“Do you feel like there’s a whole shift happening in fashion?” Lubov Azria, chief creative officer of BCBG Max Azria, asked me backstage, minutes before the start of the first big show of New York Fashion Week.
Oh, you could say that.
New York’s runways are in upheaval this season, having been uprooted from Lincoln Center to all sorts of far-flung places, like this cavernous hall attached to an old post office in midtown that is fancifully called “The Arc at Moynihan Station.” It’s so much more convenient, really. Especially if you happen to be attending a fashion show and realize you need stamps.
But let’s not dwell on logistical issues, as we’ll be here all day, and Azria has a show to put on. A nice, cheerful show, too, which is what she was talking about when she mentioned the sense that a change is in the air.
“The rules are broken now,” she said. “It’s so much more exciting.”
That is certainly true on many levels, from the instant online coverage of all the runway action to the explosive business of street style photography, which is quickly becoming a job so dangerous that only true daredevils need apply. You must be willing to fling yourself into oncoming traffic without a second glance, or even a first glance, for that matter, if you wish to bring home that lucrative 1,348,692nd picture of that platinum blonde girl with the leather AC/DC jacket and inappropriate footwear as she tap-tap-taps on her iPhone. Hats off to you.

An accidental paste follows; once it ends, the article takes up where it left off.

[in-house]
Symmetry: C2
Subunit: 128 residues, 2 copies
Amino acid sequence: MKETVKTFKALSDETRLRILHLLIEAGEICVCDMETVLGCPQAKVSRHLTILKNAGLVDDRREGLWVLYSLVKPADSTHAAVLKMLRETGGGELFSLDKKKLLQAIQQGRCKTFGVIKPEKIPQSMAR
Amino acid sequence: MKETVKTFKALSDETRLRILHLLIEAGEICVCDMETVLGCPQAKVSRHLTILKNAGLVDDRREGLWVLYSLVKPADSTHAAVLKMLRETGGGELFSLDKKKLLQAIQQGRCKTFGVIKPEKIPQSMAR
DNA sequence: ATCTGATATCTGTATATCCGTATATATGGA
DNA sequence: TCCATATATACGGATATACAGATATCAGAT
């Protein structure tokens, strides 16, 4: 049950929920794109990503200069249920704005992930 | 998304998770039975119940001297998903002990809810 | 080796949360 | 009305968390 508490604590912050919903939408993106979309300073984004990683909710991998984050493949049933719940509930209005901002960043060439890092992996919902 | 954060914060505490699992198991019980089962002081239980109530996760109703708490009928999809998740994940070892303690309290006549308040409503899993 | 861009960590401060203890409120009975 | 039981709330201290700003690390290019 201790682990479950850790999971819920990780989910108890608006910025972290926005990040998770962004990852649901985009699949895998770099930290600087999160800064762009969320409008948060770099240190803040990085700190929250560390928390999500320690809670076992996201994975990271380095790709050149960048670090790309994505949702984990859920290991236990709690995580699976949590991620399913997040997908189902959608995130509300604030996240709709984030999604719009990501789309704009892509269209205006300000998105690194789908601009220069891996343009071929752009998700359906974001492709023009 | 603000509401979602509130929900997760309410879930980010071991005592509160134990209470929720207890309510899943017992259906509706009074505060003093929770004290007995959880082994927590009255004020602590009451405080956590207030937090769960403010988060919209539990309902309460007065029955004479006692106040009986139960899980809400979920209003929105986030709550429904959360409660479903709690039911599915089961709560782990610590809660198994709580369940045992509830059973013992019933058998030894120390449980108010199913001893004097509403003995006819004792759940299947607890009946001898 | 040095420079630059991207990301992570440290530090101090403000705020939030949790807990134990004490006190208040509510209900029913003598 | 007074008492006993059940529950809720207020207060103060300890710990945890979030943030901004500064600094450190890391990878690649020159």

What’s really exciting about fashion week is when change comes to the runways, and BCBG’s new look was a departure in the sense that it was so purposefully carefree and playful. Azria said the collection was influenced by her own back yard – sunny California and the skate, surfing, and arts scenes that so richly defined the midcentury L.A. spirit. Think boho bucket hats, and tie-dyed knits, patchwork fabrics in a pastel and denim palette, delightful dresses shown with fringed moccasins and knit legwarmers, and many more looks that reflect both a potential turn for optimism in fashion and the popular influence of music festivals on So-Cal style (pictured, below).
Likewise, Lauren Conrad’s extravagantly named but value priced new collection for Kohl’s, LC Lauren Conrad Runway Limited Edition, was also an unexpected delight, in the sense that it was exceptionally tasteful. Conrad’s many variations of lacy white dresses were extremely sweet, not the sort of body baring fare that has plagued celebrity fashion of late (pictured, below). That’s the sort of change we can all embrace.
Of course, you can’t draw conclusions on Day One of the spring collections, which will not doubt veer into many dark and dangerous territories both on the runways and the streets over the next 30 days, so stay tuned. And let me know if you need anything from the post office.